Of course, then we came upon our bugbear, the defaulting to Logic 7 for everything. Each mode — Movie, Music, Stereo and Game — gives you a number of options to choose from, and for example for Movie it's Logic 7 Movie, DTS NEO:6 cinema and Dolby PLII Movie — but there is no Source Default option. In use, we found that the default Logic 7 wasn't great at distinguishing between dialogue and background effects, and sometimes dialogue swapped between the rear channels and the centre, making for a disorientating experience.

We also had problems with the receiver not detecting a 5.1 source properly, and defaulting to Logic 7 anyway. While watching the Iron Man Blu-ray, we had to turn the PlayStation 3 off for it to detect the PCM-converted Dolby TrueHD feed it was receiving. However, when it did, the effect was immersive and exhilarating. We had the room rocking with missiles and excellent surround steering effects during the fighter sequence.

Switching to DVD, and the "ordinary" Dolby Digital EX stream of Lord of the Rings: Fellowship of the Rings was a little less impressive, but still immersive. Dialogue was clear and precisely placed, and the screams of the Ring Wraiths was piercing but not "painful".

The AVR didn't like our Foxtel HD+ unit in combination with a Sony KFE42A10 television. Despite receiving a 1080i signal via HDMI, the receiver incorrectly identified the Sony as a 576p display and refused to allow us to send HD signals to it, whatever we tried. As a result, the downscaled signal looked awful, with strobing interlaced lines occurring over movement. By contrast, DVDs didn't have any of the same problems, and the receiver was able to upscale from a 576i source via the PS3 up to 1080i without any difficulties. We also found that the receiver lacked some flexibility in troubleshooting this issue by refusing to take a component video input and a HDMI audio input at the same time. The moral of the story is: if you have Foxtel this may not be the receiver for you.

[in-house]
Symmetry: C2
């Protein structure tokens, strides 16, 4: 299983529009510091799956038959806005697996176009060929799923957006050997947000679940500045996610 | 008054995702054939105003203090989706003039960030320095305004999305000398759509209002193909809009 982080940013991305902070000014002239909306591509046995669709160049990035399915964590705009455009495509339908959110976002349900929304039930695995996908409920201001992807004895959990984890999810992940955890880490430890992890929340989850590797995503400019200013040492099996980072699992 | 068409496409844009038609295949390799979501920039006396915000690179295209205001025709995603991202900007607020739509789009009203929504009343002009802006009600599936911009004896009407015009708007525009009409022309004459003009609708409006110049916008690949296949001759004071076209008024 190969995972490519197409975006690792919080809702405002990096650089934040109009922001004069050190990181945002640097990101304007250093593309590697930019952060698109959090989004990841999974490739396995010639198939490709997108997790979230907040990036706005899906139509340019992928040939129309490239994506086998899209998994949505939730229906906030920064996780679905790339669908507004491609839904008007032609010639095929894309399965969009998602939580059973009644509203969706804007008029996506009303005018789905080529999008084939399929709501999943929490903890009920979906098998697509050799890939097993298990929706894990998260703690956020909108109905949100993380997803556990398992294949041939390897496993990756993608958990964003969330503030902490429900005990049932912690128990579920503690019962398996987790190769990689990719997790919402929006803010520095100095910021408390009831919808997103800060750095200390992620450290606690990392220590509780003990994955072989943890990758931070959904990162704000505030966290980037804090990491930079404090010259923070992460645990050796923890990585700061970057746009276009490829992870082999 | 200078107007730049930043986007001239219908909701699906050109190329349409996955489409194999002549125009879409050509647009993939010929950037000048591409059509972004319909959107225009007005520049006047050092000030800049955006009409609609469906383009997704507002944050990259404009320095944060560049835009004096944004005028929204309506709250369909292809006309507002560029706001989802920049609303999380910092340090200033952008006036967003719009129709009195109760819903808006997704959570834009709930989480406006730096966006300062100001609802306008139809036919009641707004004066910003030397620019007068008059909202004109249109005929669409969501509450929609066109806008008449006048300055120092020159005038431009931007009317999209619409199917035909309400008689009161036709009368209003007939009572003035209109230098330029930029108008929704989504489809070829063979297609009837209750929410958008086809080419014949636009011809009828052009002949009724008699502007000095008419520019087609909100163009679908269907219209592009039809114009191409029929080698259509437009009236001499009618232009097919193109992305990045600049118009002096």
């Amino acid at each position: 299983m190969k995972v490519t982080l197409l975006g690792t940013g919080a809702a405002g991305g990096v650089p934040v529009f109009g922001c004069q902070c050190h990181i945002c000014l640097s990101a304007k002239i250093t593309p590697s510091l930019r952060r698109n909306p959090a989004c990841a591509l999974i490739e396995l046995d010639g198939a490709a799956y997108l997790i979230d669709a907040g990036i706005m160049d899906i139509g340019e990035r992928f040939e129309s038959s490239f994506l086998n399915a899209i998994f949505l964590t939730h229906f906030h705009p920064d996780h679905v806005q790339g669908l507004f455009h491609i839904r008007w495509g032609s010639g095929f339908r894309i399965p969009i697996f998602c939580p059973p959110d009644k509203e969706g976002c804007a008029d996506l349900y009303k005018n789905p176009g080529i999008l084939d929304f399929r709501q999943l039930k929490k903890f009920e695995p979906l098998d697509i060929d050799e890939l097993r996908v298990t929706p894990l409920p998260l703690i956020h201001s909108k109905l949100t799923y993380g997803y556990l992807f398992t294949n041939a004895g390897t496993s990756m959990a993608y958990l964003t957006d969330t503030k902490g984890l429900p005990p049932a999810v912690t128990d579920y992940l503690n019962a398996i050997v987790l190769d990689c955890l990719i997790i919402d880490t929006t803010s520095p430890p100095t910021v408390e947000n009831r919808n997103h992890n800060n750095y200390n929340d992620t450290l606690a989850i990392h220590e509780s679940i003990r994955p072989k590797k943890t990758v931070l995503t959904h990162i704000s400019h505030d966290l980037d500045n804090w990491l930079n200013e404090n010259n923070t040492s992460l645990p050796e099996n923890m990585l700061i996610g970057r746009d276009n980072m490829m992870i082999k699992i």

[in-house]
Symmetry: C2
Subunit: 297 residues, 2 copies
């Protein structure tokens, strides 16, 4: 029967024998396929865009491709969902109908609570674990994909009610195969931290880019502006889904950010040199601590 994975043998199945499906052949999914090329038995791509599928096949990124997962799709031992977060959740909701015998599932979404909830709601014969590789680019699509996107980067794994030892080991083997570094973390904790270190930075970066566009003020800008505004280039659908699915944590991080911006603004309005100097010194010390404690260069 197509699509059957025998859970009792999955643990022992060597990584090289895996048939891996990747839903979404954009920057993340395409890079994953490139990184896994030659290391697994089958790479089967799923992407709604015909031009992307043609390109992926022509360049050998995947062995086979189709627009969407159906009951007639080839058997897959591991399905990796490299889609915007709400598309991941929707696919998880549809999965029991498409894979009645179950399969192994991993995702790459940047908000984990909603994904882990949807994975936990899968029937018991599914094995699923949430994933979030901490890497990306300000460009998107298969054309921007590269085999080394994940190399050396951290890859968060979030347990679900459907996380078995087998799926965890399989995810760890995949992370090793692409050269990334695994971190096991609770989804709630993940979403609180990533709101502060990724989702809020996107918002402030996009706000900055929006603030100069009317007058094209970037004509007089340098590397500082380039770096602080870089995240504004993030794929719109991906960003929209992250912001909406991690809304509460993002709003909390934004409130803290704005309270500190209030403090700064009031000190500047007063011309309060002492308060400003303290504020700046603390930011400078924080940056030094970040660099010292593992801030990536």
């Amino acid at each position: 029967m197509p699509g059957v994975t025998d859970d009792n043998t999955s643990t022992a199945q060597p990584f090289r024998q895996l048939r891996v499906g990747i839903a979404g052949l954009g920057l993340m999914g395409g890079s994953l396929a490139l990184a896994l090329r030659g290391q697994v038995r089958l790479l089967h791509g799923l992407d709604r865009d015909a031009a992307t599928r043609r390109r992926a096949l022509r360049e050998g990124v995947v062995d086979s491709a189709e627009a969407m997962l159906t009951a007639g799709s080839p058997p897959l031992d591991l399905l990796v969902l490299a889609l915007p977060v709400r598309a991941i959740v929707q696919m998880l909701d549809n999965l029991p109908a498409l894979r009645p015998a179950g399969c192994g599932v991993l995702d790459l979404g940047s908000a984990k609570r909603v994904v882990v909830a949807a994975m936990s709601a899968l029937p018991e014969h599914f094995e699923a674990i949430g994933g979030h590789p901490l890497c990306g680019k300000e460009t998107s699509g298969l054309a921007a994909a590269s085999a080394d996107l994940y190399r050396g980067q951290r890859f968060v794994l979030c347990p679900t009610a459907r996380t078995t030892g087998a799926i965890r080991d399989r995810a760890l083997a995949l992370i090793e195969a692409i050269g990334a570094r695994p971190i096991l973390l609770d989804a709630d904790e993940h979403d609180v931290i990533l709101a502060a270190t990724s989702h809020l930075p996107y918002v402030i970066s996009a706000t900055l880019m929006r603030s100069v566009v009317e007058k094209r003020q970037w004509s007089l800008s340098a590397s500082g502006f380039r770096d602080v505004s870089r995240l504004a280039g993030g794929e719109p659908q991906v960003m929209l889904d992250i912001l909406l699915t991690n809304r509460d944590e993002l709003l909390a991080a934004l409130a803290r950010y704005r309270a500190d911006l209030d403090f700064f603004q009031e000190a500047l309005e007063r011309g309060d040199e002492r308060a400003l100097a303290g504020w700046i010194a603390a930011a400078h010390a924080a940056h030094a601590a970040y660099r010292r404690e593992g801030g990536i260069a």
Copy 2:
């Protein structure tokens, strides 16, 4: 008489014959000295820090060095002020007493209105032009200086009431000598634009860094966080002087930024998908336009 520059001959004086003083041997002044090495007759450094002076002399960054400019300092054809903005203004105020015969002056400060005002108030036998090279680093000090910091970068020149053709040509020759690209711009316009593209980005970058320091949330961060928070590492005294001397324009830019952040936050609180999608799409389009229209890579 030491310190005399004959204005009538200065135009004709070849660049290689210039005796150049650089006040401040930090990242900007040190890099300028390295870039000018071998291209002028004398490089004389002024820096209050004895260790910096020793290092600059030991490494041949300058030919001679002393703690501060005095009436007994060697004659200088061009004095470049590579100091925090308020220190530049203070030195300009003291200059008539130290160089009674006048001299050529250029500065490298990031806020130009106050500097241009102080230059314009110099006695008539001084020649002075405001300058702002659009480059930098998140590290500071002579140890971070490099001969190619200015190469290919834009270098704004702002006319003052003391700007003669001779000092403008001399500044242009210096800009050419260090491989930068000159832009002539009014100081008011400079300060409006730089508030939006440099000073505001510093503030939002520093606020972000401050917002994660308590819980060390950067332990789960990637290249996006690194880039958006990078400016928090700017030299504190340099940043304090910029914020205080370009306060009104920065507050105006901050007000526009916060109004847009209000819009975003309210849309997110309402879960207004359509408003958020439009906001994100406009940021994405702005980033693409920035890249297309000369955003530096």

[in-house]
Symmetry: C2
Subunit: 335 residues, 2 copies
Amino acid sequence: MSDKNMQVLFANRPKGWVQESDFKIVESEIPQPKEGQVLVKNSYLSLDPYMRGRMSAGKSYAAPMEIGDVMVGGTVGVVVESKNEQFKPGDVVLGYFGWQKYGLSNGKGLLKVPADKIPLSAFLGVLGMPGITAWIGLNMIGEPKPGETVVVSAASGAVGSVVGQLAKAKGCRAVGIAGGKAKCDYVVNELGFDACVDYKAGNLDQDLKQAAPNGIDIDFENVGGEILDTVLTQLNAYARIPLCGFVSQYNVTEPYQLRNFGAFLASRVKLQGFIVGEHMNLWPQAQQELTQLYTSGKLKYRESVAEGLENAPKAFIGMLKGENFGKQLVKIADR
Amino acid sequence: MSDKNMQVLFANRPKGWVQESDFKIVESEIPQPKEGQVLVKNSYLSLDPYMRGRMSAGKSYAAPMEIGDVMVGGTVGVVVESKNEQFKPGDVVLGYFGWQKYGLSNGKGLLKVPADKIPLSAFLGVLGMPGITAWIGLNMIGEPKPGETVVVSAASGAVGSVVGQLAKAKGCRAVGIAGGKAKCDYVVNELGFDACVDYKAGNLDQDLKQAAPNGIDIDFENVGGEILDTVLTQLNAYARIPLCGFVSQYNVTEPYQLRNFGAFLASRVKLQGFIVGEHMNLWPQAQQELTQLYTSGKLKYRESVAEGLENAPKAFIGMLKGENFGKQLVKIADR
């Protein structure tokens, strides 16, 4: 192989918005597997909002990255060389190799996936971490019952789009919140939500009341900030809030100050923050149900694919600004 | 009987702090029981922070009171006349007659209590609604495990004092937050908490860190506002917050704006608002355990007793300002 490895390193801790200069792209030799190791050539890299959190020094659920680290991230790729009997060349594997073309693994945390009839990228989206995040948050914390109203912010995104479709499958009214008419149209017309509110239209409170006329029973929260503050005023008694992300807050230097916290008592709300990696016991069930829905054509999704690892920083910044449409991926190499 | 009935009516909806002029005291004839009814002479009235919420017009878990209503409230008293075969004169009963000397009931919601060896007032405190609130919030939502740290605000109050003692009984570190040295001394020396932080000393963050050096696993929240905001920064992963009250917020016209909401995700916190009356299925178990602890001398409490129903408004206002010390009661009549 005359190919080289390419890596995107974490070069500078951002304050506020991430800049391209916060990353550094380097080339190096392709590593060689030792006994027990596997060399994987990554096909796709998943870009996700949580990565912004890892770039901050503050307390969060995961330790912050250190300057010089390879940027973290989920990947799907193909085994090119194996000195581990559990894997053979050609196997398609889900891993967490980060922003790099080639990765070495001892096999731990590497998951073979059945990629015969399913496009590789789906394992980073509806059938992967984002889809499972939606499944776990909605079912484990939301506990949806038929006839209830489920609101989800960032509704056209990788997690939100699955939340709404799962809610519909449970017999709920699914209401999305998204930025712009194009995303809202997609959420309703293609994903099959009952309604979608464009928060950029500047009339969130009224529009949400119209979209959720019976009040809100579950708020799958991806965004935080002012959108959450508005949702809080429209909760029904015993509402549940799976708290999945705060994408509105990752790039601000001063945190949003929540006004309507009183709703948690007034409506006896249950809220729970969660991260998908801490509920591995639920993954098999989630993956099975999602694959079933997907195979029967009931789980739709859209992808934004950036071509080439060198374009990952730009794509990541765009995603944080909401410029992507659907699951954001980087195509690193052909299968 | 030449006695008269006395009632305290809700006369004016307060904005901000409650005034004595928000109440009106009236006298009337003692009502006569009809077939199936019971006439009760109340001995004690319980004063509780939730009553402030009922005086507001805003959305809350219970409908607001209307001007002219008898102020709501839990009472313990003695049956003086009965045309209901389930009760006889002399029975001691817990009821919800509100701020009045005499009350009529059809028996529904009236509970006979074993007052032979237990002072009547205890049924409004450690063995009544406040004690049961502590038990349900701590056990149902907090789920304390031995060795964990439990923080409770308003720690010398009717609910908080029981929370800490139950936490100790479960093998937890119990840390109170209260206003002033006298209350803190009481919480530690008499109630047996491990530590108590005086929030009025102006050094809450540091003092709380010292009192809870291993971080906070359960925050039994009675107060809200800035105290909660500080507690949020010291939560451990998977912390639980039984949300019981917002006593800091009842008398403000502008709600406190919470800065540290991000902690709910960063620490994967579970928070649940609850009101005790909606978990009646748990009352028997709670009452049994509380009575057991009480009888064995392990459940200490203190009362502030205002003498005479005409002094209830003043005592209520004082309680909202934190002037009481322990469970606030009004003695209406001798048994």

In addition to watching TV and a few blockbusters, we also tested the receiver with music. We alternated between the analog and the digital coaxial output of a Yamaha CD-S700 CD player, and also gave the Bridge II dock a workout. Music sounded good fed directly via coaxial input, though the Yamaha CD-S700 analog signal sound was a bit richer. We also liked the results of leaving the EzSet EQ off as it was a bit warmer, though maybe a little too bloomy on Nick Cave's Red Right Hand. The Yamaha had better stereo focus and a richer, more expressive mid-range, not as trebly. Music fed by the Bridge II iPod dock was also good, though the on-screen menus were a little slow to respond.

We mentioned before that the radio is also subjected to the Logic 7 curse, but had good results when it was set to stereo. The radio features a fairly rudimentary, yet pretty, on-screen display, but if you're worried about the effect it could have on your plasma screen you can set up a screen saver for periods as little as five minutes.

We like this receiver, it sounds great, and has top-notch cosmetics — but it's not without its problems. Namely, Harman Kardon's too intent on pushing its own Logic 7 technology down your throat. And the unit's inability to downscale without issues also means it loses a few marks. But feature-wise, it's excellent, and if you're looking for something that will enable easy multi-room set-up, this is definitely one to consider.